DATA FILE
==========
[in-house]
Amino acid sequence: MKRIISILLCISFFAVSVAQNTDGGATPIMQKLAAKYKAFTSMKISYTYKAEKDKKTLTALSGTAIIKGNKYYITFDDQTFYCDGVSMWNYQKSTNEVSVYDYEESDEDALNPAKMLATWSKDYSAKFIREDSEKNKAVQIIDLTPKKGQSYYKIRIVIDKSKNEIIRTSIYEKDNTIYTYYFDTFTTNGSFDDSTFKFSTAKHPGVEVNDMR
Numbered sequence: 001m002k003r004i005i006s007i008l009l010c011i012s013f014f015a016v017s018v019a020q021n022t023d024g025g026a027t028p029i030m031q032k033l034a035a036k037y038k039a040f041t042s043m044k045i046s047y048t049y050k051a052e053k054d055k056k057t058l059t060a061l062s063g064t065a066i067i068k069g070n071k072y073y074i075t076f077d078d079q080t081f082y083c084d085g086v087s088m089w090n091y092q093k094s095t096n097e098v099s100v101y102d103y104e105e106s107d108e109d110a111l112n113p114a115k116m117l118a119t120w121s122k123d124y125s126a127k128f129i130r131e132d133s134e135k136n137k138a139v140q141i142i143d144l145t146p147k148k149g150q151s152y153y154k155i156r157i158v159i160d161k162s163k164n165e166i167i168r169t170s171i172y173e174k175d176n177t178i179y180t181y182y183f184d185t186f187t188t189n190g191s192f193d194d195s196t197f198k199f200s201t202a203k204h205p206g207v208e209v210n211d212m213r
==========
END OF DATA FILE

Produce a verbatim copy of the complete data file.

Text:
[in-house]
Amino acid sequence: MKRIISILLCISFFAVSVAQNTDGGATPIMQKLAAKYKAFTSMKISYTYKAEKDKKTLTALSGTAIIKGNKYYITFDDQTFYCDGVSMWNYQKSTNEVSVYDYEESDEDALNPAKMLATWSKDYSAKFIREDSEKNKAVQIIDLTPKKGQSYYKIRIVIDKSKNEIIRTSIYEKDNTIYTYYFDTFTTNGSFDDSTFKFSTAKHPGVEVNDMR
Numbered sequence: 001m002k003r004i005i006s007i008l009l010c011i012s013f014f015a016v017s018v019a020q021n022t023d024g025g026a027t028p029i030m031q032k033l034a035a036k037y038k039a040f041t042s043m044k045i046s047y048t049y050k051a052e053k054d055k056k057t058l059t060a061l062s063g064t065a066i067i068k069g070n071k072y073y074i075t076f077d078d079q080t081f082y083c084d085g086v087s088m089w090n091y092q093k094s095t096n097e098v099s100v101y102d103y104e105e106s107d108e109d110a111l112n113p114a115k116m117l118a119t120w121s122k123d124y125s126a127k128f129i130r131e132d133s134e135k136n137k138a139v140q141i142i143d144l145t146p147k148k149g150q151s152y153y154k155i156r157i158v159i160d161k162s163k164n165e166i167i168r169t170s171i172y173e174k175d176n177t178i179y180t181y182y183f184d185t186f187t188t189n190g191s192f193d194d195s196t197f198k199f200s201t202a203k204h205p206g207v208e209v210n211d212m213r